Banking giant HSBC has launched a major revamp, with plans to sell underperforming assets and boost profits. It will cut its assets by a quarter and plough most of the capital released into fast-growing Asia, which accounted for 78% of last year's $19bn of pre-tax profits. Costs are set to fall by $5bn overall 25,000 jobs will go, including 8,000 in the UK, where it has decided to rebrand its high-street retail business after 2018.
It may revive the Midland name, or call it First Direct, the name of its current phone and internet bank. That business could then be spun off. HSBC also released a document called "Structured Review of Location of Holding Company", which spelt out 11 criteria for its decision on where to base its headquarters. It has been threatening to re-domicile in Asia, from the UK.
What the commentators said
Yet it's hardly as though the levy has been a major drain on resources compared to HSBC's self-induced problems, as Ruth Sunderland noted in the Daily Mail. It has paid $3bn since the tax was introduced, but in recent years has faced over $11bn of fines and legal bills. What's more, pushing through the latest revamp will cost $4bn. And upping sticks to Hong Kong or Singapore isn't as easy as it sounds, said James Moore in The Independent.
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HSBC makes great play of transparency and stable legal frameworks, but who knows whether China will maintain its current hands-off approach to Hong Kong. And if it chooses Singapore, "Beijing might not be too impressed" and could thwart efforts to expand in mainland China.
The review itself was underwhelming, as Nils Pratley noted in The Guardian. The prize is a return on equity (a key gauge of profitability) of 10%. Yet that's no great shakes. The worry is that, even after the "pivot to Asia", HSBC may "still be too big and too sprawling" to run efficiently. What's more, version A of this broad plan was introduced in 2011, since when Brazil and Turkey have declined and Asian competition grown more intense. "HSBC is still struggling to keep up."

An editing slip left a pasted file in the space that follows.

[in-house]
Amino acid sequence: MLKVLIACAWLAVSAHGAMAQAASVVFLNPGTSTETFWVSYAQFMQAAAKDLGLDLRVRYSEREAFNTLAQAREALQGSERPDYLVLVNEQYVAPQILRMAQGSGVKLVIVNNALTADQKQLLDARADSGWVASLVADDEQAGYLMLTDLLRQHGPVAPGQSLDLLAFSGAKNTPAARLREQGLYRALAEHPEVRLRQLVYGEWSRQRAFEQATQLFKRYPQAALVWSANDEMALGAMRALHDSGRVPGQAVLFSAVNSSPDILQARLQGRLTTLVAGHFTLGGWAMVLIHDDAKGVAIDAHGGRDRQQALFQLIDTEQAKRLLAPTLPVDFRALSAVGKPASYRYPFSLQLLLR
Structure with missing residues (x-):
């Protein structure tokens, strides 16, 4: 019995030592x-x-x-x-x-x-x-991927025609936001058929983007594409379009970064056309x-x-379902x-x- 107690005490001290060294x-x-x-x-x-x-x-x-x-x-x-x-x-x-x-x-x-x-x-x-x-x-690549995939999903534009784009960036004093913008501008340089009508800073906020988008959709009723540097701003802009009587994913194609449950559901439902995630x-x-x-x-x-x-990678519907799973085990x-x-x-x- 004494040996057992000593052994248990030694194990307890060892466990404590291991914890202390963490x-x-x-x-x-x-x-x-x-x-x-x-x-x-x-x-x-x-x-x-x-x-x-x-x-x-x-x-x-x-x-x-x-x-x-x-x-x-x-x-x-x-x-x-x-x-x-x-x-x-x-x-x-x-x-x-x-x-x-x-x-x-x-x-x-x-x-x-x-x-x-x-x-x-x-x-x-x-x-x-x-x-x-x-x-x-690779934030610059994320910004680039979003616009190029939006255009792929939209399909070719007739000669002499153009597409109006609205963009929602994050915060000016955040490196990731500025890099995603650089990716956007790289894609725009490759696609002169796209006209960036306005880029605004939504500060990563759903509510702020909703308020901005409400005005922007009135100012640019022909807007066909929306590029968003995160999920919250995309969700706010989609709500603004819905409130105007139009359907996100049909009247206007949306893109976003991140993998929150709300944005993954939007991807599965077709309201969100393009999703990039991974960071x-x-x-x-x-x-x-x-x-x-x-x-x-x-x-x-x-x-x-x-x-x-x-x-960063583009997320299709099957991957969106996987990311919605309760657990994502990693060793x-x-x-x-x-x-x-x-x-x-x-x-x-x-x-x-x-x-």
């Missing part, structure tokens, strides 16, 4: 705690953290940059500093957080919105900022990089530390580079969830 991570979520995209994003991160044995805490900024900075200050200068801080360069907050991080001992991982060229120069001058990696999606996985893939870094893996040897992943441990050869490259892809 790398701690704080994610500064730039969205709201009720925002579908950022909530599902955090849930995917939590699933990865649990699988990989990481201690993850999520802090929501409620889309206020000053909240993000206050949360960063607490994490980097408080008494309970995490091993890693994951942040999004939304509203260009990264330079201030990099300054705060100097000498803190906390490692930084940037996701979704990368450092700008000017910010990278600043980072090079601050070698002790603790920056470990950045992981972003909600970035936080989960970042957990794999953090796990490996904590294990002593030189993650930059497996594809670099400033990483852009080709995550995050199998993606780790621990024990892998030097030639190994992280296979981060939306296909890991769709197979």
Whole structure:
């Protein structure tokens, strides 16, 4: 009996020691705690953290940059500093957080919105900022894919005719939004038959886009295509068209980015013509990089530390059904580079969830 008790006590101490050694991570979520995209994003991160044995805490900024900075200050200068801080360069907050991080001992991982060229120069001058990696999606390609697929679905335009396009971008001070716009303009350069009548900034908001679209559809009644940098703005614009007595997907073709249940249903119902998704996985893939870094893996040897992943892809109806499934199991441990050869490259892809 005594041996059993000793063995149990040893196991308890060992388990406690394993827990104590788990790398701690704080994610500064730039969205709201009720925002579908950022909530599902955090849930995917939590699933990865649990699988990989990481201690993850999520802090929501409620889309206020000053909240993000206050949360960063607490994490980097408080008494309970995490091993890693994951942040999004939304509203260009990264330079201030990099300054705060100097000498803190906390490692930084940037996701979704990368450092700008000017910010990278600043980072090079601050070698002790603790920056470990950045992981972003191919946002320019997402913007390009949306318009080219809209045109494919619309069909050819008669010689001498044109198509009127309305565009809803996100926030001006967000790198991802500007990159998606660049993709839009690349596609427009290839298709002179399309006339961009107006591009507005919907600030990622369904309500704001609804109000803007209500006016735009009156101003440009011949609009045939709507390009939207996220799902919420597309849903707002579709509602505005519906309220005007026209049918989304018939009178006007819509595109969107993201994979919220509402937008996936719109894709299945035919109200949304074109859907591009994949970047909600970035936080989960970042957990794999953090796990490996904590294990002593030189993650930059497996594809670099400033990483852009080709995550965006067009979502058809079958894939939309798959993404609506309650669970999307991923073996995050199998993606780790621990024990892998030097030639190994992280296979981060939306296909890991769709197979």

Andrew is the editor of MoneyWeek magazine. He grew up in Vienna and studied at the University of St Andrews, where he gained a first-class MA in geography & international relations.
After graduating he began to contribute to the foreign page of The Week and soon afterwards joined MoneyWeek at its inception in October 2000. He helped Merryn Somerset Webb establish it as Britain’s best-selling financial magazine, contributing to every section of the publication and specialising in macroeconomics and stockmarkets, before going part-time.
His freelance projects have included a 2009 relaunch of The Pharma Letter, where he covered corporate news and political developments in the German pharmaceuticals market for two years, and a multiyear stint as deputy editor of the Barclays account at Redwood, a marketing agency.
Andrew has been editing MoneyWeek since 2018, and continues to specialise in investment and news in German-speaking countries owing to his fluent command of the language.
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